In the weeks after Naomi Bowden's daughter Bella died, the Dapto mother had never felt so alone.
After a shocking stillbirth experience at Wollongong Hospital, which she recently shared at the NSW birth trauma inquiry, Ms Bowden said her family was given little support and did not know where to turn.
Three weeks into her grief, she found a small support group of other Illawarra mothers whose babies had been stillborn.
"I felt so alone - this was nearly 14 years ago, and there was a Yahoo group where people posted occasionally, there was no Facebook or anything, I had to go to the library and find a book just to find someone who had the same experience as me," she said.
"But these people understood how you felt, I could say things to them that I couldn't say to anyone else because they knew what it was like for me."
"When you lose a child you're in such despair, you feel so alone and you need to know there are other people out there that are willing to lift you up."
The group, now known as Illawarra Baby and Child Loss Support, is holding its annual support walk, which coincides with International Pregnancy and Infant Loss Remembrance day, on October 13 at Wollongong's Flagstaff HIll.
The slogan for the walk is "we walk for the steps they will never take".
"It's important because putting aside the birth trauma, Bella was still my beautiful daughter that I want to celebrate all the time," Ms Bowden said.
"This is something special to do with her brothers too, and it's a chance for our family to remember and acknowledge her. We did and we do have a beautiful little girl."
Support group president Amanda Mayberry, whose daughter Eve was stillborn eight years ago, said the event was a chance for more people to connect in person after COVID made meeting up difficult and less common.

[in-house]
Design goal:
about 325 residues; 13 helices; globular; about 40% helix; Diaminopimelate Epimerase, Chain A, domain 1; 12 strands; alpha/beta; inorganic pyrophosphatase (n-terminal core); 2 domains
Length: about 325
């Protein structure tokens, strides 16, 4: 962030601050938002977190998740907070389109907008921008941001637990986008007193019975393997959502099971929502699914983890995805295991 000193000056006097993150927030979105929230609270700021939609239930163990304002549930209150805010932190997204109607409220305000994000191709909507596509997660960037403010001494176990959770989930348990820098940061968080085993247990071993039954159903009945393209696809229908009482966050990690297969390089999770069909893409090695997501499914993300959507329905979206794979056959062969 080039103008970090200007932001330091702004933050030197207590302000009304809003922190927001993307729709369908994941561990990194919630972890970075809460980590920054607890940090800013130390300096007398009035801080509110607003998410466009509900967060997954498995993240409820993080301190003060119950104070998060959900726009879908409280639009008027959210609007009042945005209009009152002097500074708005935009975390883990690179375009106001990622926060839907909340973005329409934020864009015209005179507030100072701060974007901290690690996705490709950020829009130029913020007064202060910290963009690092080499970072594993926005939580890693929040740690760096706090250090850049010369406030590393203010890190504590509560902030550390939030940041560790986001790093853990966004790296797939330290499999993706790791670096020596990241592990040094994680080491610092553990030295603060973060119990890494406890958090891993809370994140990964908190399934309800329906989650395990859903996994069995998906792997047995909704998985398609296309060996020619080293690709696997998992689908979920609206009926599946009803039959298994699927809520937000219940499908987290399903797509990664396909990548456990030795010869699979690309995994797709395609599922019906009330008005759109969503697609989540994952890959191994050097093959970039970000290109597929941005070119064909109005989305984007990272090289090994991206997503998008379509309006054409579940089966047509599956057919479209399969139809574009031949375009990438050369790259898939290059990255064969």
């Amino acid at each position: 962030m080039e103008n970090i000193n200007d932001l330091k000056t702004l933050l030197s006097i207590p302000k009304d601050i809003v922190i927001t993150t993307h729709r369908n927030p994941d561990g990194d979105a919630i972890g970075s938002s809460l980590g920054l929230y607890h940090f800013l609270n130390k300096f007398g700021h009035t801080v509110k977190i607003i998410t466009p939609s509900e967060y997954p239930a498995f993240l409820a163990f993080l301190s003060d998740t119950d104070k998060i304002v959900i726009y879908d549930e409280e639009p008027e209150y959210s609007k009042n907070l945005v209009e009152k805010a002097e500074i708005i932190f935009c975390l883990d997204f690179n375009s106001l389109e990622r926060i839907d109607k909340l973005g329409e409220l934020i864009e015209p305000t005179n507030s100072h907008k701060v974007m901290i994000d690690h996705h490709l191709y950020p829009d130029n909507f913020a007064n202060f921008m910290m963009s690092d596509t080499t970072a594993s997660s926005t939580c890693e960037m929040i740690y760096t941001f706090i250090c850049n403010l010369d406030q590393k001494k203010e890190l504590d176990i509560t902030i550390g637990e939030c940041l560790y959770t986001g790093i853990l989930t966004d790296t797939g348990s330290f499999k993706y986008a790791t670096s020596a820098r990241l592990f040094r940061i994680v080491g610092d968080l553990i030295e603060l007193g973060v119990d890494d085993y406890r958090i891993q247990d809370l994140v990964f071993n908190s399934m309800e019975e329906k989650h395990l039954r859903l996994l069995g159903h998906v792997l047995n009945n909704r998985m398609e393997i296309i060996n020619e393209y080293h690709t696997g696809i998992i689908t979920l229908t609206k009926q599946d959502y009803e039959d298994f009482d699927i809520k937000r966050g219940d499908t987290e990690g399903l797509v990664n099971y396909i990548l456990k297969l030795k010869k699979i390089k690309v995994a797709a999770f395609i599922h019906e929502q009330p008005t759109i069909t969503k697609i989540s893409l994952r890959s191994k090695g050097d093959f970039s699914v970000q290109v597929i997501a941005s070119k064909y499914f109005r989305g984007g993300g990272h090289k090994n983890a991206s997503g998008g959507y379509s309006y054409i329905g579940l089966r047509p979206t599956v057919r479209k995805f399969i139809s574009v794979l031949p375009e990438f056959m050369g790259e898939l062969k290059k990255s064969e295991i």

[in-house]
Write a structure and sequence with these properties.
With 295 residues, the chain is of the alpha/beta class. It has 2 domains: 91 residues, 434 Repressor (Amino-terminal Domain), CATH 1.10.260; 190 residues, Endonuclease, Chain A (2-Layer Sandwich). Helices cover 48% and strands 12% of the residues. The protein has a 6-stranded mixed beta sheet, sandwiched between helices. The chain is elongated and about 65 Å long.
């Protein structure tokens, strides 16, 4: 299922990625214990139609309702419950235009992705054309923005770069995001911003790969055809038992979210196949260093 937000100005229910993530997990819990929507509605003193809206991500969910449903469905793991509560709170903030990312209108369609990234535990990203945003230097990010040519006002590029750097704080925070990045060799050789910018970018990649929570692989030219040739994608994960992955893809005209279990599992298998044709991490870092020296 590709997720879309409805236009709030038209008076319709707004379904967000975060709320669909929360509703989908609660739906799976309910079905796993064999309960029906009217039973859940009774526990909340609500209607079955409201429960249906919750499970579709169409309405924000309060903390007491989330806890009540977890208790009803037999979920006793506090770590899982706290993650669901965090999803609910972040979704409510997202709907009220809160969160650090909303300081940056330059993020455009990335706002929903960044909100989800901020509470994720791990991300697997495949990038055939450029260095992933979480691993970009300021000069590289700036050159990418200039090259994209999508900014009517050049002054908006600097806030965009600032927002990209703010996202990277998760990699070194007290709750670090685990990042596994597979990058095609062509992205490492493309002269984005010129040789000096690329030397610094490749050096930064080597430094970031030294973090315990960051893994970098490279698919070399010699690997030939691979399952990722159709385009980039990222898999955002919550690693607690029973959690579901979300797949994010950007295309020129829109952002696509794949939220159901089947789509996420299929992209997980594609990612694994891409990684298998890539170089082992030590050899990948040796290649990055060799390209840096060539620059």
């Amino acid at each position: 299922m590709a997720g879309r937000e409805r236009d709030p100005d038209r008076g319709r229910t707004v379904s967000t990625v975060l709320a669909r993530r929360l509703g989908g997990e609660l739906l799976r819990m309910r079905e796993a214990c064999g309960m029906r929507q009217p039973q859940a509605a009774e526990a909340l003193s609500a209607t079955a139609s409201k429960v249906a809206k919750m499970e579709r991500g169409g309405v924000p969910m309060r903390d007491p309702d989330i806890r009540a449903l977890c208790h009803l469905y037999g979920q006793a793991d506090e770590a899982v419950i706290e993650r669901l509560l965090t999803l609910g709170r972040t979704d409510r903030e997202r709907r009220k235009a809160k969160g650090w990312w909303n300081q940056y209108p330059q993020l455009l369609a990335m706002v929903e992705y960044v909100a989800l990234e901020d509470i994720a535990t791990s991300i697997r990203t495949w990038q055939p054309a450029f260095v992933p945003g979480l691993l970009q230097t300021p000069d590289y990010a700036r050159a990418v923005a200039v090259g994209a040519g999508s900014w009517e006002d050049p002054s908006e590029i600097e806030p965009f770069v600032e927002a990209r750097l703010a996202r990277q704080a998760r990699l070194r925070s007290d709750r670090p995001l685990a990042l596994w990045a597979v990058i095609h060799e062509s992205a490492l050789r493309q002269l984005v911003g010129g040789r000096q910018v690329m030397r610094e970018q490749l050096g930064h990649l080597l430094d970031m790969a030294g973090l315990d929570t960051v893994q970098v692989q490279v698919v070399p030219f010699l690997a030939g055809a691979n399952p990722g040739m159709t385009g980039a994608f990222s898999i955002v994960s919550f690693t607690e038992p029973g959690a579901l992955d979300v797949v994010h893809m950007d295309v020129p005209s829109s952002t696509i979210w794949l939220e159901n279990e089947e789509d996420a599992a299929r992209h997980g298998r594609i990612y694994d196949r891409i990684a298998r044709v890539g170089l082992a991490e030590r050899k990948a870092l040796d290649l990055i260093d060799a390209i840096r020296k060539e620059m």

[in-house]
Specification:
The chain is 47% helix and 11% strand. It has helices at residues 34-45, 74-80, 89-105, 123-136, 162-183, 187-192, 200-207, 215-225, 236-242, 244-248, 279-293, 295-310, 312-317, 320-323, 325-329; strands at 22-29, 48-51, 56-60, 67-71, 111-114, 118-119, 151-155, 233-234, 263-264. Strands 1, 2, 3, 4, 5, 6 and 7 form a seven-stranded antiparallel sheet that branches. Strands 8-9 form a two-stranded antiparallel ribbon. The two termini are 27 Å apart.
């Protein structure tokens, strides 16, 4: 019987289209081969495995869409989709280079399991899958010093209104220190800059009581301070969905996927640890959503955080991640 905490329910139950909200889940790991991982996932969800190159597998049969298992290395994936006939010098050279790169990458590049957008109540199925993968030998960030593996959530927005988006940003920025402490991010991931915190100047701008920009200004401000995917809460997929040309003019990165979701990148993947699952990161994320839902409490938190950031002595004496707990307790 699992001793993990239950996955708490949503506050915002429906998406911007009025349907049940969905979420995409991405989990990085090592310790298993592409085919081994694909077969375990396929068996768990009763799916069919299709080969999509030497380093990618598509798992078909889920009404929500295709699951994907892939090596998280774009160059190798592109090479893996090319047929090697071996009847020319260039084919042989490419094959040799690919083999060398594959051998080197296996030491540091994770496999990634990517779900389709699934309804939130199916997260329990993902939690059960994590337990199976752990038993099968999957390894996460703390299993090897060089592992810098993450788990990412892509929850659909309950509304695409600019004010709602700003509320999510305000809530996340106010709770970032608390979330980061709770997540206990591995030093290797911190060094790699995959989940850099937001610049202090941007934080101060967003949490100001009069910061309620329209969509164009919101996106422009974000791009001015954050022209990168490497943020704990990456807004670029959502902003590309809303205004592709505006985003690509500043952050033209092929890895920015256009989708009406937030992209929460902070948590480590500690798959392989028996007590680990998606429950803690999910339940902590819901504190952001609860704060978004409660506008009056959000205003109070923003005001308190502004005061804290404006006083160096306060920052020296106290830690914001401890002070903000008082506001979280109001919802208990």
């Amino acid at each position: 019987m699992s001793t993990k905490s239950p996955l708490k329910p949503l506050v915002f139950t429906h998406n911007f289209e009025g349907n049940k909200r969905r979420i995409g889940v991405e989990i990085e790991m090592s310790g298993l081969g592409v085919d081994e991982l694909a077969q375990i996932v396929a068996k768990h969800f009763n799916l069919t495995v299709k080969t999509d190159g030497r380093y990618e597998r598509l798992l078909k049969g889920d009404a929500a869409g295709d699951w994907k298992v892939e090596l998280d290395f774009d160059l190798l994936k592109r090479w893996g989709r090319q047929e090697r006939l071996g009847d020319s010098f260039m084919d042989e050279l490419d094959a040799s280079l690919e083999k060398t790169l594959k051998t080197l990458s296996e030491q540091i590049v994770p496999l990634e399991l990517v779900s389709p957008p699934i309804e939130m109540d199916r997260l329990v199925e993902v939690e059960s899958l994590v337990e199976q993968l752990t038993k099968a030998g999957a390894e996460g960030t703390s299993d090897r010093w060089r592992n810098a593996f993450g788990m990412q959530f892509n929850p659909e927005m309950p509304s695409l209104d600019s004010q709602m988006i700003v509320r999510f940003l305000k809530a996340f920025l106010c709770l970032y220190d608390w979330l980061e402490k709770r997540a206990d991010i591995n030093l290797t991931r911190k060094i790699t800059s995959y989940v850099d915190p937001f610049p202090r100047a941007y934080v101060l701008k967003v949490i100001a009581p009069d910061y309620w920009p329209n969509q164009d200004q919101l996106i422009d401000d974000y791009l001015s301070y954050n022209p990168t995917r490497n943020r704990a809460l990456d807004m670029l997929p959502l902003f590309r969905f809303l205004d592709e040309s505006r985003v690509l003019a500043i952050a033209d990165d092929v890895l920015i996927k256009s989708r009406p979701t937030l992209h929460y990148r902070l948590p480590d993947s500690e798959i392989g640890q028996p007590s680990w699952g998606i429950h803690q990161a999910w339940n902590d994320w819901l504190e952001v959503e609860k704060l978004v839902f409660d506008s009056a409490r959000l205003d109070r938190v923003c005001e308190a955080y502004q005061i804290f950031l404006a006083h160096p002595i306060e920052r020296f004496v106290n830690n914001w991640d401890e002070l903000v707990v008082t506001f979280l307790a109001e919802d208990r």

She said the walk was usually held on Sea Cliff Bridge, but that the Wollongong location would allow more people to attend.
Wollongong lighthouse will also be lit in pink and blue across the weekend as part of the remembrance weekend.
"We're doing it for our own babies, but we also do it for people who haven't had a chance to walk before," she said.
"It allows me to connect and make meaning of it all because it's such a horrible thing to have to gone through, but I can bring a little bit of light into someone else's light."
She said the support group, which has recently become a registered charity, was also among those pushing for change in the way stillbirth is dealt with, making it less taboo and increasing the support available for women and families.
"COVID really did injure our progress - it feels like we are starting again," Ms Mayberry said.
"The birth trauma inquiry has been able to ignite that flame again, and we hope people continue not to shove this issue under the carpet - because that's how people move through trauma."
Ms Mayberry said she had a supportive team after Eva's birth, but wanted to make sure all women could access customised, individualised care and were well-informed about stillbirth.
"We want more support for bereaved families and in hospitals and in services, where they feel recognised and heard," she said.
At a Wollongong public hearing in September, Ms Bowden was one of two women who spoke about how they were treated after their babies were stillborn.
She recounted "vivid, painful memories" of having to identify her tiny newborn Bella's body in a small room, and asking her family to rush to come and see her as the police were called.
Five hours after Bella was born Ms Bowden told how she was "forced to watch the police officer put her in a cold styrofoam box and transfer her to the coroner".
She also spoke about how, after the death of her baby, Ms Bowden had to stay overnight in the maternity ward where she could hear the sound of other women giving birth and their babies crying.
At her six-week check-up after birth, Ms Bowden said she was asked "where is your baby?" by hospital staff, who had not read her files or been briefed about what happened to her daughter.
The support group will meet near the North Wollongong surf club at 5.30pm on Friday, to walk along the Blue Mile to Flagstaff Hill.
Participants can wear white and the names of each baby will be read out as part of a ceremony when the lighthouse is lit.
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